Shoe On Other Foot

Game 2 was similar to Game 1, only this time the shoe was on the other foot for the Phillies.

With a record crowd on the feet cheering and waving the rally towels for Lee’s first pitch, silence quickly followed when Furcal tripled on the firsts pitch.  Strikeout, infield pop and a ground ball brought the noise back.

In the first inning against the Cardinals ace, Chris Carpenter, the Phillies scored three times on three hits.  Last time he gave up that many runs in the first inning was 2004. More noise.  In the second, Freese doubled to start the inning. Silence. Strikeout, strikeout, ground out. More noise.

A second-inning run on a pair of hits gave the Phillies a 4-0 lead.  In two innings, Carpenter had thrown 55 pitches, 28 for balls.  Lee, on the other hand, 22 pitches, five balls.  On Carpenter’s 53rd pitch, a call went to the St. Louis bullpen and LaRussa went to the mound.  He waited for home plate umpire Jerry Meals and appeared let him know they were unhappy with the strike zone for both Carpenter and Lee.

Carpenter settled down in the third, and the Cardinals began working deeper counts on Lee, who wound up allowing five runs on 12 hits and throwing 88 pitches over the next four innings.  It indeed was a rare Lee loss.  During the regular season, he is 72-1 when he has a lead of four or more runs.

In Game 1, St. Louis got three first-inning runs off Doc who then retired the next 21 hitters.

In Game 2, the Phillies led 4-0 after two innings. Carpenter and six relievers retired 21 of the last 23 Phillies, who had only one hit after the second inning.  Over the previous 10 games against the Phillies, the Cardinals bullpen had a 10.54 ERA.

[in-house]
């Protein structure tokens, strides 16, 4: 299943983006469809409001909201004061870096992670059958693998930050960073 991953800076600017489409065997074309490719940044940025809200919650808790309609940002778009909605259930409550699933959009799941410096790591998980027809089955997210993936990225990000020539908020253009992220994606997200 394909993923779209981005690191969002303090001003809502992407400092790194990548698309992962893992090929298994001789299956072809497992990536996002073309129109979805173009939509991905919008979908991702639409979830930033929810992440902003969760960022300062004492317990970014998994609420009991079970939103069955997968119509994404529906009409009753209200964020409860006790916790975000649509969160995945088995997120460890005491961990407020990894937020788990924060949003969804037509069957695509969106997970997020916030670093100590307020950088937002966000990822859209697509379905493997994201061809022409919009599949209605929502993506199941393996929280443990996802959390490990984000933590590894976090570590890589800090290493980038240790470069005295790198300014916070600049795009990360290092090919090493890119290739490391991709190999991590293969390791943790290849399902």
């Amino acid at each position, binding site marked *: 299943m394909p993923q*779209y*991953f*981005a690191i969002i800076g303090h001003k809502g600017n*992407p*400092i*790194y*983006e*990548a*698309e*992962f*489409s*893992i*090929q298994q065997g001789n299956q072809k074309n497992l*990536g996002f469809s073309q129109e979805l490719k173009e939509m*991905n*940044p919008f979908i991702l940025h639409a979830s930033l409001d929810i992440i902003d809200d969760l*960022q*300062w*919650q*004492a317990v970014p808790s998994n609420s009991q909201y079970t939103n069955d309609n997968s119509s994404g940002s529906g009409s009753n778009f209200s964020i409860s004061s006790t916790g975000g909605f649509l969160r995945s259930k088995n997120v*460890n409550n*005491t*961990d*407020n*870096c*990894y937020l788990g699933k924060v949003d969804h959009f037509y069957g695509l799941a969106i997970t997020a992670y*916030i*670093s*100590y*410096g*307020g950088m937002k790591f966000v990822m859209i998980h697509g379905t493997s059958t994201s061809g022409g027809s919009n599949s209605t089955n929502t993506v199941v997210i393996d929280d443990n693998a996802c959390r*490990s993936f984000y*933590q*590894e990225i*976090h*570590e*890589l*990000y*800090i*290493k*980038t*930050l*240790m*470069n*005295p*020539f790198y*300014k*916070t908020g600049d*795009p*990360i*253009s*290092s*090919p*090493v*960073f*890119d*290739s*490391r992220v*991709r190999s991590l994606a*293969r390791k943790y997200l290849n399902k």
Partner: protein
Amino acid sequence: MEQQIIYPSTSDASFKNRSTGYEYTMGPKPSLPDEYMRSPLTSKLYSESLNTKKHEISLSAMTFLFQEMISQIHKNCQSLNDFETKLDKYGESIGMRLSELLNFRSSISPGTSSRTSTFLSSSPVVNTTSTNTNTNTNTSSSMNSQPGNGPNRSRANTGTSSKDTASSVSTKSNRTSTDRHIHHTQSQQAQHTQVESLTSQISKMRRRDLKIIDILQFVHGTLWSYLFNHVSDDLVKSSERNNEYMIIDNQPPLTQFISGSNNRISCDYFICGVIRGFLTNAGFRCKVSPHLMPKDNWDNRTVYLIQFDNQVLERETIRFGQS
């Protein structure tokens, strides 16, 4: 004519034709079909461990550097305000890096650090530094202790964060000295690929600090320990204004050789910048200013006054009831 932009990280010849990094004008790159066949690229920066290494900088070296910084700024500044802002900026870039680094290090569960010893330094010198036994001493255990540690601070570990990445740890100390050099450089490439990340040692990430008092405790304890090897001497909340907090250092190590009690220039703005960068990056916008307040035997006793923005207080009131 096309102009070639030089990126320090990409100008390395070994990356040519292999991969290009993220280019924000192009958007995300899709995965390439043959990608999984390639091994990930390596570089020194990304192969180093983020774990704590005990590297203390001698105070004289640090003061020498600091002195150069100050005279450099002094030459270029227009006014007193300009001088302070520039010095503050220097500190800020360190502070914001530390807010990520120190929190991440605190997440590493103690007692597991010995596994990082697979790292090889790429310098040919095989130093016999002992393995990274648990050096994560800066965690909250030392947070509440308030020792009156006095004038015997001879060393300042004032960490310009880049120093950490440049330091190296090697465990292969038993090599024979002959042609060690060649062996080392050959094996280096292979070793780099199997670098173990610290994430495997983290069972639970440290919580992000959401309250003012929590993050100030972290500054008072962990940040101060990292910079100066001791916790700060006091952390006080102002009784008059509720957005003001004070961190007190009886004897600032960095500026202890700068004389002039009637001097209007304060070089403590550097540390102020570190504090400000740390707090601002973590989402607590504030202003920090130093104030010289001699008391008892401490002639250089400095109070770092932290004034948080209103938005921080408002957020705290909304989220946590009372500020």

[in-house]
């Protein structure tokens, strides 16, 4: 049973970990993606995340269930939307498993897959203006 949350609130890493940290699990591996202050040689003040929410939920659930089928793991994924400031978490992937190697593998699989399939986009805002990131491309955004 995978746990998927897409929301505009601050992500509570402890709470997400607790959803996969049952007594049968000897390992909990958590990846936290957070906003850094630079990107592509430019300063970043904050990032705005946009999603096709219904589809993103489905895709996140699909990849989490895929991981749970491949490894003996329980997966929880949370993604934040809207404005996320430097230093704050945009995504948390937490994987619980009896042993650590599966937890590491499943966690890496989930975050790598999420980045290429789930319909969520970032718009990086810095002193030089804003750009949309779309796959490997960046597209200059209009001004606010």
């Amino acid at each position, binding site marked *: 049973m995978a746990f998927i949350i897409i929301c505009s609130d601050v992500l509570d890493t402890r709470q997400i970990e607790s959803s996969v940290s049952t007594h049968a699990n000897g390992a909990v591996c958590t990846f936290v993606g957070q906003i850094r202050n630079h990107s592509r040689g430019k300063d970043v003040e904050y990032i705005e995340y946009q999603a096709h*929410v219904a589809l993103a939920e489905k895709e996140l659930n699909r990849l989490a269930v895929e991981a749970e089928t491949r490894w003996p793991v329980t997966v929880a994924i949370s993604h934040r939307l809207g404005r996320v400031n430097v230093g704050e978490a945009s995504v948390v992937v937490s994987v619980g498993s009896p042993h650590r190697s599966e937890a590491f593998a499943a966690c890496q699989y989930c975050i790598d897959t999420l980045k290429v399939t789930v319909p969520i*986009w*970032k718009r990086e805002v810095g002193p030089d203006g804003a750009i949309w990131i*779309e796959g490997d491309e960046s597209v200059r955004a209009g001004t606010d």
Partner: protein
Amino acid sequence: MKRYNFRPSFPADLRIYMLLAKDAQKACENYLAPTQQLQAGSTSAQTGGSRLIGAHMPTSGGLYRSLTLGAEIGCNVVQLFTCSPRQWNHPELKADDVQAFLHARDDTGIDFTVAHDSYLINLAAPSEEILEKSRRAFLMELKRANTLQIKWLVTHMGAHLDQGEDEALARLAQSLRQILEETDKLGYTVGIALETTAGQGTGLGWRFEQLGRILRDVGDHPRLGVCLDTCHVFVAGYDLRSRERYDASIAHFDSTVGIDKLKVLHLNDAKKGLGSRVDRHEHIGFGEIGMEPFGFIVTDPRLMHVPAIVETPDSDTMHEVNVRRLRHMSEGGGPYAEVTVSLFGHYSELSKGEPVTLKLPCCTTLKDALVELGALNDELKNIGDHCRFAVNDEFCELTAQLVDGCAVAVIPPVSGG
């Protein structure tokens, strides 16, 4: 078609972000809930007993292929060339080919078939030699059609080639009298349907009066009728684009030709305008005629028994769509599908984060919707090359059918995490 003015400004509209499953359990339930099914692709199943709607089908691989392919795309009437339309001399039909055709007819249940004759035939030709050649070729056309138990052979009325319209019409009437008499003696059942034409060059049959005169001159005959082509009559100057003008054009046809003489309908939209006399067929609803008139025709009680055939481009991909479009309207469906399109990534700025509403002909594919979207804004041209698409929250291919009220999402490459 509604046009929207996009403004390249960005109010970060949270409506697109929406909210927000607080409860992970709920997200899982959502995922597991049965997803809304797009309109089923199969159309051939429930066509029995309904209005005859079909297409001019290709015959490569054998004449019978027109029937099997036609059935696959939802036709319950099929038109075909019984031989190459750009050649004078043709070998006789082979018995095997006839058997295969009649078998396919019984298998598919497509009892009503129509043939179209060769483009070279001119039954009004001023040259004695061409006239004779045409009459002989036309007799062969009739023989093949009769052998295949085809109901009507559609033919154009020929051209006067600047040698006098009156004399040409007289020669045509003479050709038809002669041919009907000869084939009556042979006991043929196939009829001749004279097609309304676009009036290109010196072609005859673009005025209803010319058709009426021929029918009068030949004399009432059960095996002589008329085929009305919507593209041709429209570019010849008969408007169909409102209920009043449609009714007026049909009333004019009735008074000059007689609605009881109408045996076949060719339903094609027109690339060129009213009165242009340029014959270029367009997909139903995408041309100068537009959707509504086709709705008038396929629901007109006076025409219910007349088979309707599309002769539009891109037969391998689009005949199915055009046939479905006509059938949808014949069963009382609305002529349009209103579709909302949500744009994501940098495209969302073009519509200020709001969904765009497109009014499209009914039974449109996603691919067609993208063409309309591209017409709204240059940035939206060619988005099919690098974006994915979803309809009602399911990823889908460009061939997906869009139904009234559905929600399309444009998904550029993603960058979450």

The Cardinals could have been deflated after not scoring in the first two innings.  But, they’ve fought for their lives in September to get here.

St. Louis is 19-13 in Game 2 postseason decisions, including 8-1 in the NLDS.  The Phillies fell to 6-16 in Game 2 decisions.

Cardinals returned home after the game while the Phillies will take a Delta charter to St. Louis on Monday noon and work out at Busch Stadium at 5 that evening. Garcia and LaRussa will be in the interview room at 2:30 after the Cardinals workout and Cole and Charlie will be there at 4:30.

Phillies Postseason History
On October 3, 0-1 record:
2007      NLDS #1 at Citizens Bank Park: In their first postseason appearance in 14 years, the Phillies fall to the Rockies, 4-2, in the first postseason game in Citizens Bank Park history.  Trailing, 3-0, Aaron Rowan and Pat Burrell hit back-to-back homers (first time in Phillies postseason history) to make it 3-2 in the fifth

Alumni Postseason Memories
What is your favorite postseason memory as a child?  . . . What is the biggest change from the regular season? . . . What is your fondest personal postseason memory?  The questions were posed to Phillies Alumni.

Putsy Caballero (INF, 1944-45; 1947-52; 83 years old)
“Heck, there was no TV when I was a youngster. We listened to the World Series on the radio. I remember when Enos Slaughter of the Cardinals won the World Series by scoring from first base on a single in the seventh game against Boston in 1946. Harry Walker got the hit.  Later Harry and I were teammates with the Phillies.  Harry used to complain that everybody remembered Enos but not the guy that got the game-winning hit.

“Only been in one World Series, 1950.  Every game down the stretch was a nail-biter including the last game when we won the pennant in Brooklyn.  The World Series games were all tight ones but we were used to that.  We just didn’t hit.

“Being in the World Series is my fondest memory.  There are a lot of players who never played in one.  That’s one of my two favorite memories of my career.  At 16, I the youngest player ever to start at third base for the Phillies in 1944.”

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